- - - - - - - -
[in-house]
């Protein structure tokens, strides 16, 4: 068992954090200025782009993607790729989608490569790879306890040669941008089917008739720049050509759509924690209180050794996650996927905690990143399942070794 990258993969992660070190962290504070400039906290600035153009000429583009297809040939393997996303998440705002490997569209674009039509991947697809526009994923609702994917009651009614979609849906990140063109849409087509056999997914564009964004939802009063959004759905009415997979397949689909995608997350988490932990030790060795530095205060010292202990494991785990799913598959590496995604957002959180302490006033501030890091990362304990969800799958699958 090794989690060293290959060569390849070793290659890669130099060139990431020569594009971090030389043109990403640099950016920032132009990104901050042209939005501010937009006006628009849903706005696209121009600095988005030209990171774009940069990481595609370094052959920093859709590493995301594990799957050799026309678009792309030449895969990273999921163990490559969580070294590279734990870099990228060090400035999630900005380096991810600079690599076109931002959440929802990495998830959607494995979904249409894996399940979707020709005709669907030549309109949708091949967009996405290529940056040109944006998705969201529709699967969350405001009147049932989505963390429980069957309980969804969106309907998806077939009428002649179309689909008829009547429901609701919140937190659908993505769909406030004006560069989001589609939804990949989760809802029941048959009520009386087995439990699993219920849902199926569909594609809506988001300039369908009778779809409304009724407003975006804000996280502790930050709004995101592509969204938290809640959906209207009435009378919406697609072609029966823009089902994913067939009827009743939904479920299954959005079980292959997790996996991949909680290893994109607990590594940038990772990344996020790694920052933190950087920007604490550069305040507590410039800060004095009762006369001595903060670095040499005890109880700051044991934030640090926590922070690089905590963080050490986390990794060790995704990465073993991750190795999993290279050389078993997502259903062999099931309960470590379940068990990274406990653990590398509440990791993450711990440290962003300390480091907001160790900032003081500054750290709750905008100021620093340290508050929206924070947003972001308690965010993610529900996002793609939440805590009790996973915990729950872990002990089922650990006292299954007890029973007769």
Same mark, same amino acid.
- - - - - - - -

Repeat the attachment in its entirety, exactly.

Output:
[in-house]
């Protein structure tokens, strides 16, 4: 068992954090200025782009993607790729989608490569790879306890040669941008089917008739720049050509759509924690209180050794996650996927905690990143399942070794 990258993969992660070190962290504070400039906290600035153009000429583009297809040939393997996303998440705002490997569209674009039509991947697809526009994923609702994917009651009614979609849906990140063109849409087509056999997914564009964004939802009063959004759905009415997979397949689909995608997350988490932990030790060795530095205060010292202990494991785990799913598959590496995604957002959180302490006033501030890091990362304990969800799958699958 090794989690060293290959060569390849070793290659890669130099060139990431020569594009971090030389043109990403640099950016920032132009990104901050042209939005501010937009006006628009849903706005696209121009600095988005030209990171774009940069990481595609370094052959920093859709590493995301594990799957050799026309678009792309030449895969990273999921163990490559969580070294590279734990870099990228060090400035999630900005380096991810600079690599076109931002959440929802990495998830959607494995979904249409894996399940979707020709005709669907030549309109949708091949967009996405290529940056040109944006998705969201529709699967969350405001009147049932989505963390429980069957309980969804969106309907998806077939009428002649179309689909008829009547429901609701919140937190659908993505769909406030004006560069989001589609939804990949989760809802029941048959009520009386087995439990699993219920849902199926569909594609809506988001300039369908009778779809409304009724407003975006804000996280502790930050709004995101592509969204938290809640959906209207009435009378919406697609072609029966823009089902994913067939009827009743939904479920299954959005079980292959997790996996991949909680290893994109607990590594940038990772990344996020790694920052933190950087920007604490550069305040507590410039800060004095009762006369001595903060670095040499005890109880700051044991934030640090926590922070690089905590963080050490986390990794060790995704990465073993991750190795999993290279050389078993997502259903062999099931309960470590379940068990990274406990653990590398509440990791993450711990440290962003300390480091907001160790900032003081500054750290709750905008100021620093340290508050929206924070947003972001308690965010993610529900996002793609939440805590009790996973915990729950872990002990089922650990006292299954007890029973007769």
Same mark, same amino acid.